Posts on creativity, art, doing what you love, and connecting with nature:
- Saybe Scott on creating happiness, and living with less so that you can do what you love. I’m working on this, although I can’t say that I’m there yet. I haven’t completely figured out my writing routine, but as I revise and get feedback on my first novel, I know that I am becoming a better writer and gaining more confidence in my writing – which in turn makes me more happy with what I do write. What you love to do might be something totally different. But you need to do what you love and to love what you do, or else happiness will remain elusive.
- And, continuing the theme of doing less in order to find happiness and peace, Jessica Marcarelli on sacred idleness. I agree that our culture has an obsession with work, doing more, and filling up our to-do lists and agendas until they burst – and then beating ourselves up over not being able to accomplish as much as we want. I’ve done that myself, and my new plan is to put less on my to-do list, but to work through each item more slowly and thoroughly. And to take breaks when I need them.
- When you do less, you might have more time to spend in nature, and to take a closer look at the small details that surround you – like Joanna Paterson did, in thirteen ways of looking at a daisy. Joanna’s photographs are beautiful, with a soft, dreamy look to them that I love, and they are all taken on her phone.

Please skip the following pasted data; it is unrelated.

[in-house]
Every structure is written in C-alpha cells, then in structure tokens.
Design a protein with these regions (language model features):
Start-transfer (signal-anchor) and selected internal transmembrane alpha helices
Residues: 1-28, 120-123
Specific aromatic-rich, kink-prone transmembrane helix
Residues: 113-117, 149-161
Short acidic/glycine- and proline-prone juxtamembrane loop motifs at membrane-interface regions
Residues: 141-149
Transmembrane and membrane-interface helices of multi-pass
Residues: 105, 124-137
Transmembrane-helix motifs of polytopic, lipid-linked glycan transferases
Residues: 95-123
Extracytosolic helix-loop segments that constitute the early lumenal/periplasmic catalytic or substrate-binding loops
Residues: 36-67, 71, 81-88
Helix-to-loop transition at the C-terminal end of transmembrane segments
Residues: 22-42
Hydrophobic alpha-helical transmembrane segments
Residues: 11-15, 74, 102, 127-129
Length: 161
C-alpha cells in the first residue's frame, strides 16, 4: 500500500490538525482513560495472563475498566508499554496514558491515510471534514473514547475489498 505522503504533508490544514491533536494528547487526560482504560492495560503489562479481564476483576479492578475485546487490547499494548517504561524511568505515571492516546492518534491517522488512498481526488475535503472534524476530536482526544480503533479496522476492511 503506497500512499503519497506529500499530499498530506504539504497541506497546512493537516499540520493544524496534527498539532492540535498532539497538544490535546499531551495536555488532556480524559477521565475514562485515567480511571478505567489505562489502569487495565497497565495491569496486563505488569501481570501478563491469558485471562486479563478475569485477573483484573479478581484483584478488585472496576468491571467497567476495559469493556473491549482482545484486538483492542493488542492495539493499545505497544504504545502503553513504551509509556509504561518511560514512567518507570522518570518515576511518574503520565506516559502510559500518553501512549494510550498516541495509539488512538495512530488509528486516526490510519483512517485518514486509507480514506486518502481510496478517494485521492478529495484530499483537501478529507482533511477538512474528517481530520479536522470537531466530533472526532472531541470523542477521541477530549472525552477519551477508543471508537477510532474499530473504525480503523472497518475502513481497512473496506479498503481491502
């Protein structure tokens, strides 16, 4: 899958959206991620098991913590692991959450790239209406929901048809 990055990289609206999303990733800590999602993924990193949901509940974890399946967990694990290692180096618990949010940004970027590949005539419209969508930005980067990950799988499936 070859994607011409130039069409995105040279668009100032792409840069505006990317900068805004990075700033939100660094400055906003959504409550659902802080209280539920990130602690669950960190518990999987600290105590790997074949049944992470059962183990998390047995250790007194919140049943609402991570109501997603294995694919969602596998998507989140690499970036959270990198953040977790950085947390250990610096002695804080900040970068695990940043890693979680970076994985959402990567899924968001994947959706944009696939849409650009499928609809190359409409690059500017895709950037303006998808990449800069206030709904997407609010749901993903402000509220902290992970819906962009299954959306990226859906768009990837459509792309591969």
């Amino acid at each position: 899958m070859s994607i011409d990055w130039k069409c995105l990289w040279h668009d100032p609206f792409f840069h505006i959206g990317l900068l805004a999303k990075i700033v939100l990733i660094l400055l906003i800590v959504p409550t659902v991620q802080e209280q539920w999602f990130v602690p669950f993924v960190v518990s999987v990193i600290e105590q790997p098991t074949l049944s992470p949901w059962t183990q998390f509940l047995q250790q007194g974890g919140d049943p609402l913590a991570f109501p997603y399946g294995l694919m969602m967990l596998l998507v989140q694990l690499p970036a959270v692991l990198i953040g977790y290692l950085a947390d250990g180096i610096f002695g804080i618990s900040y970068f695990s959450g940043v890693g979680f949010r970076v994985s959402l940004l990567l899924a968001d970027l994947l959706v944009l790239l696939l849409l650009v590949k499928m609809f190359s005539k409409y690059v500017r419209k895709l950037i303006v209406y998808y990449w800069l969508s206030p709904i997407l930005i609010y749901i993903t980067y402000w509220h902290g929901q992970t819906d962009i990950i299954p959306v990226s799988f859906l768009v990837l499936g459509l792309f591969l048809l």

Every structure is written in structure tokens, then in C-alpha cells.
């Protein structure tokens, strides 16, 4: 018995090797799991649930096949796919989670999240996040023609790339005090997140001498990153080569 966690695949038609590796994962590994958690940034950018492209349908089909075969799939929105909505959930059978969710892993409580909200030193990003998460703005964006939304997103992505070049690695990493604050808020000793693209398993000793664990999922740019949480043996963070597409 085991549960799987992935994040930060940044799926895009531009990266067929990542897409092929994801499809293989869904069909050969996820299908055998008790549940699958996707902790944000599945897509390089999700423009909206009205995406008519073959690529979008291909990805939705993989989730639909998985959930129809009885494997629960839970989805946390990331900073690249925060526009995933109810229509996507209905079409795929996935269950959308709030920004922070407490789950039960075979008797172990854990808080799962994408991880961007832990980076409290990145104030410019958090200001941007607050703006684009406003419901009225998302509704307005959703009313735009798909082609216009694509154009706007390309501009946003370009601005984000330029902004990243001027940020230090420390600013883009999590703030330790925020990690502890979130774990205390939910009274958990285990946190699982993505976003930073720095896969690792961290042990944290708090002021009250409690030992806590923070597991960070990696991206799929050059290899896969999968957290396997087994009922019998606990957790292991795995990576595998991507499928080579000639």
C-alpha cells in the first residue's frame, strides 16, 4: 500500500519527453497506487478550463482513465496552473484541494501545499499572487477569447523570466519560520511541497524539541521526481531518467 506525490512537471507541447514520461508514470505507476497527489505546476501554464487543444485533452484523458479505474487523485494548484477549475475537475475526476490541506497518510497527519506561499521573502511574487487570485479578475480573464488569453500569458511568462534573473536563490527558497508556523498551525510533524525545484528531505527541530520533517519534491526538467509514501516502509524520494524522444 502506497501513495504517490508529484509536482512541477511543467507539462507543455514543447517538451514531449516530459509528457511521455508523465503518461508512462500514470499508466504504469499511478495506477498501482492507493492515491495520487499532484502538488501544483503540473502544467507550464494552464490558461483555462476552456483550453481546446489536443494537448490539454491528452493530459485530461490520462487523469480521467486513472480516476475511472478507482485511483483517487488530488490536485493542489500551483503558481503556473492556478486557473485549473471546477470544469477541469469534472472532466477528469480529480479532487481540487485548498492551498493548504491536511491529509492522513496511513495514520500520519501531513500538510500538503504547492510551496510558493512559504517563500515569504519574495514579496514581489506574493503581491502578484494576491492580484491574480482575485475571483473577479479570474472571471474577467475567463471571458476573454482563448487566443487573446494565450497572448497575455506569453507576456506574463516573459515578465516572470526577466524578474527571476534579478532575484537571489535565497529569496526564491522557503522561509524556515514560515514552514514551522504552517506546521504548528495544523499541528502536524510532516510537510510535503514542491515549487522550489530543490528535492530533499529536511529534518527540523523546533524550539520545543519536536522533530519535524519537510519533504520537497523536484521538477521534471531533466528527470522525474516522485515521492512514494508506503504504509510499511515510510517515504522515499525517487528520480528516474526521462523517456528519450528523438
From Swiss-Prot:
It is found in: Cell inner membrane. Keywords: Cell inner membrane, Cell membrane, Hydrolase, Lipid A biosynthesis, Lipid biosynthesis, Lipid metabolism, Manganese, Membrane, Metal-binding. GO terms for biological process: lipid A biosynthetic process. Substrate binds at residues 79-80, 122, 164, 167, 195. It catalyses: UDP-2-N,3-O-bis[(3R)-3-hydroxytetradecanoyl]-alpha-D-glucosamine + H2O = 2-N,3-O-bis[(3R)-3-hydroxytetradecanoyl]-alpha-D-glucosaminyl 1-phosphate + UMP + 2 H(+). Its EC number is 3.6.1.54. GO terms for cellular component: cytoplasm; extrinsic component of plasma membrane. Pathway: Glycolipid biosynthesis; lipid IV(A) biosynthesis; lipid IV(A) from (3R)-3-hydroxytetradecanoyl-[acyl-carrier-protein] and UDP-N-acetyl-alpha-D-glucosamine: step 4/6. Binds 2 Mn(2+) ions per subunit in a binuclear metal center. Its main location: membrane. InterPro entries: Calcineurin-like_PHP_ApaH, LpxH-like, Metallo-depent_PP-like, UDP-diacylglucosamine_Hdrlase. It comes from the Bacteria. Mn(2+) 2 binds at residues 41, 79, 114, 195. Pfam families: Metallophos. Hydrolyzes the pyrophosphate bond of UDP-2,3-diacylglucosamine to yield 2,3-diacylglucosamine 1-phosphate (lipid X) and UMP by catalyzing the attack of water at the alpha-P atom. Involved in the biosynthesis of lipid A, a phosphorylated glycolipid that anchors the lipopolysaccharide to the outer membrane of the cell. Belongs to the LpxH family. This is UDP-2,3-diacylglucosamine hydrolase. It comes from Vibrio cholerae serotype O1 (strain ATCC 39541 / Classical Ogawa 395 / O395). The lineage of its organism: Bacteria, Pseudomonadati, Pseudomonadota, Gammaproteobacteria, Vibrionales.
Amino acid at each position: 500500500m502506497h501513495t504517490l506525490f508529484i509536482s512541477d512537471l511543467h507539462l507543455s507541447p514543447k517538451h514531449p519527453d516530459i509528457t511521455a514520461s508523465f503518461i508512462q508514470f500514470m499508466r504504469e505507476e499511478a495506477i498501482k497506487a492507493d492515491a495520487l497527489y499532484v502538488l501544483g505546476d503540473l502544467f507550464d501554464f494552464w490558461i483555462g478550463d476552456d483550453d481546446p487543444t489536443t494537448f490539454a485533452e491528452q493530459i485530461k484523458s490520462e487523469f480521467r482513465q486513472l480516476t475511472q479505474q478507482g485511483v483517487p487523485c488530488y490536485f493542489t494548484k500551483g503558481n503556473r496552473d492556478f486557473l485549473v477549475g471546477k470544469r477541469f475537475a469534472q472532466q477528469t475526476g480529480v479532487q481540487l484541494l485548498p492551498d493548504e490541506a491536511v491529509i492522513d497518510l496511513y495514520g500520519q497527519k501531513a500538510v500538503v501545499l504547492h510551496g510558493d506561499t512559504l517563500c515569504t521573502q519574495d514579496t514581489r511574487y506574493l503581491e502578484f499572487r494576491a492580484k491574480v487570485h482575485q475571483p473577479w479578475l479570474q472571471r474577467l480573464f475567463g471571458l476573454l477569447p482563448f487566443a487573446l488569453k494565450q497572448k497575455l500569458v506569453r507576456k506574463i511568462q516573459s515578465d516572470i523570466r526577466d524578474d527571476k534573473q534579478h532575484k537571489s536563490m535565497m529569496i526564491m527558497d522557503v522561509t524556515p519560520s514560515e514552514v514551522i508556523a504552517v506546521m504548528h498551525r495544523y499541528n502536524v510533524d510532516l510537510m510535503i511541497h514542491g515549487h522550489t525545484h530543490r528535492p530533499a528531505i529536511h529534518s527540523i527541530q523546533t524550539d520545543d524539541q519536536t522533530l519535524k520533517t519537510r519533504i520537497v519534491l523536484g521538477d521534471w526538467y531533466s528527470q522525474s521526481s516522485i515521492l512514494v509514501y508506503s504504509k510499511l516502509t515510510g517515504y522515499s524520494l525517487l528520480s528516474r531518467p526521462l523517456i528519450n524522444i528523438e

- Diane Becka builds art with rocks on the lakeshore, arrangements that blend easily into the environment from which they were made – and which will eventually return to it (and also see Diane’s post on creation and destruction). I especially like the double spiral, and next time I am in a place with a multitude of loose rocks, I am going to have to try building some of these myself.
- Alison Leigh Lilly discusses the nature journal as a journey into mystery, and provides two exercises, naming and questioning. Both exercises can aid us in our observation of nature, and encourage us to become more aware of the everyday wonder and mystery that is everywhere, if only we look for it.